For 2019, Kelty updated their entire line of Cosmic bags, and the women's Cosmic 20 is no exception. This new version features nylon taffeta fabric, a 5-ounce savings in weight, and a price increase of $10. We didn't notice much of a difference when field testing this product, but are happy about the weight savings!
The Kelty Cosmic has been updated and is lighter and a better value than ever.
The bag is EN tested to 26°F, so the "20" beside its name is a bit misleading as this is not as warm as advertised. We did not experience temperatures that cold while testing this bag, but this new 600 fill power bag feels quite lofty and we think it would do okay close to freezing, but not down to 20 degrees Fahrenheit.
The Cosmic incorporates a draft collar to keep warm air in and cold drafts out. We think this feature adds an element of warmth, although the Cosmic's draft collar does not have drawcords to enable you to cinch it down around your neck. Several other bags have this feature as well — the Mountain Hardwear Lamina 15 - Women's has a huge lofty tube that wraps around your neck and seals out all drafts. We discovered that this bag incorporates synthetic materials into its neck baffle and draft tube, which could potentially be because these areas are more prone to moisture. While this ultimately provides more warmth in the wake of precipitation, it, unfortunately, contributes to its weight and bulk.
The Cosmic has an insulated hood and interior draft collar for warmth.
The women's version of the Cosmic has two ounces more down fill included, upping the warmth in a smaller package. All of the Cosmic models now come with water repellant treated "DriDown" fill which helps this bag retain its loft when it gets wet.
The Down is the second heaviest of the down bags tested at 2.71 pounds. It's been surpassed in weight by the hefty, feature-filled NEMO Rave. While most down bags boast a great warmth-to-weight ratio, we are a little disappointed by its weight. But, as we mentioned it has dropped almost 5 ounces so we appreciate Kelty's efforts to lighten the Cosmic up!
The Cosmic uses lower fill power down that is more cumbersome for the amount of warmth it provides, as well as more substantial synthetic fill components (we suspect are in there to cut costs), both of which add weight. It does have a lighter more supple shell material than previous iterations and this has helped with weight reduction it appears. A heavier bag is an unseen price you pay when getting a budget sleeping bag.
We think the latest version of the Cosmic is quite comfortable. Kelty upgraded their liner materials for a softer hand, and the bag feels lofty and cozy. It fit our 5'5" tester well, and she had enough room to put on additional layers without it feeling too restrictive. We think this bag would be comfortable for ladies up to 5'7" or 5'8".
We had a comfortable nights sleep in the Cosmic with its soft liner materials.
This bag compresses relatively well because it is down, but does not compress as well as the other down bags we tested.
The synthetically filled draft collar and zipper draft tubes make the bag less compressible as a whole and contribute to its overall packed size. It comes with a small, lightweight stuff sack, but not a compression sack. We would recommend purchasing a compression sack to keep your pack smaller. While it does get relatively small, it's not our top choice for those looking to go ultra-light or ultra-compressible. The Rab Neutrino 400 - Women's and Cloud 800 are the most compressible of the bunch.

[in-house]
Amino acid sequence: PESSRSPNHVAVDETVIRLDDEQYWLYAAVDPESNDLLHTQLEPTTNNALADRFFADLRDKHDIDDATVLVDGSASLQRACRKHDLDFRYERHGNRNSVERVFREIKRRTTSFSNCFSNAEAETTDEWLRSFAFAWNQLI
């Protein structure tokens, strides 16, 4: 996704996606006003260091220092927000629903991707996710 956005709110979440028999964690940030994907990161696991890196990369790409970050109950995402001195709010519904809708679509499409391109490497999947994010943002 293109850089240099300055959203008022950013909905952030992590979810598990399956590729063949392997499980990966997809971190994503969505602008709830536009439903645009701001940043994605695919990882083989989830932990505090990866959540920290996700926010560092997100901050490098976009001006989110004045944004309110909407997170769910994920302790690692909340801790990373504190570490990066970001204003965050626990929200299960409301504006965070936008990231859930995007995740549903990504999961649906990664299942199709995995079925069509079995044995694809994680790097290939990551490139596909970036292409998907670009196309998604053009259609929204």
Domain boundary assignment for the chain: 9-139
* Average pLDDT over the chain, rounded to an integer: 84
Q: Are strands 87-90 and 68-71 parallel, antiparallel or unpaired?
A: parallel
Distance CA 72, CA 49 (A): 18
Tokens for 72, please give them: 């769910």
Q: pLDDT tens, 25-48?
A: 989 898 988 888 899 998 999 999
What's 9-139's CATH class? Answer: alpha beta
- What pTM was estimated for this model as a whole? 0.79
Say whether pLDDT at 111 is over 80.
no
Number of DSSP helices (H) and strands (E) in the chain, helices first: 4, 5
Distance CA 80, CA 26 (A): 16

The Kelty Cosmic packs down relatively small, but does not come with a separate storage sack so always has to be stored compressed.
The Cosmic is a smaller and narrower version of the men's version, and as we mentioned before, has two ounces more fill to add warmth. Kelty has addressed the low-quality zipper that caught on the material of previous models and improved this feature, adding tougher material to the side of the zipper. We like the different thicknesses of drawcords for the hood and chin baffle, so it is easy to tell them apart in the dark.
This bag only comes with a small stuff sack; we think every down sleeping bag should include a storage sack so that the down does not stay compressed when we're not using the bag, as compression contributes to a shorter lifespan for the down fill and it's important to store down bags fully lofted to help with their longevity. Otherwise, the Cosmic does not have any exceptionally unique bells and whistles, which is fine since often extra features add to the weight of the bag.
The Kelty Cosmic has simple, low-quality features at a low price.
Paired with a high R-Value sleeping pad, the Cosmic could be stretched from late spring to early fall use in warmer climates, making it somewhat versatile. The hydrophobic down allows it to be used in a slightly wider range of conditions, like in humid or rainy climates. It is heavier than most of the other down sleeping bags we tested, and we would not want to carry this with us on extended backpacking trips. This inexpensive option works best car camping, during sleepovers, and on short backpacking trips.
At $170, the price tag on this hydrophobic down bag is hard to beat. It is a great value for a budget conscious camper who wants a down sleeping bag and needs a go-to bag for all of her camping needs. The Cosmic wins our Best Buy Award for its unbeatable price decent quality materials.
We commend Kelty on the upgrades to the Cosmic line, especially the weight savings, and think this bag is very deserving of our Best Buy Award. It is an excellent choice for someone on a budget or new to backpacking and camping. It is warm, comfortable, and versatile enough to take on short backpacking trips, in moist climates or just for camping out in the backyard. If you are looking to get yourself into a down bag that is lighter than any of the synthetics we tested, the Cosmic could be the right choice for you.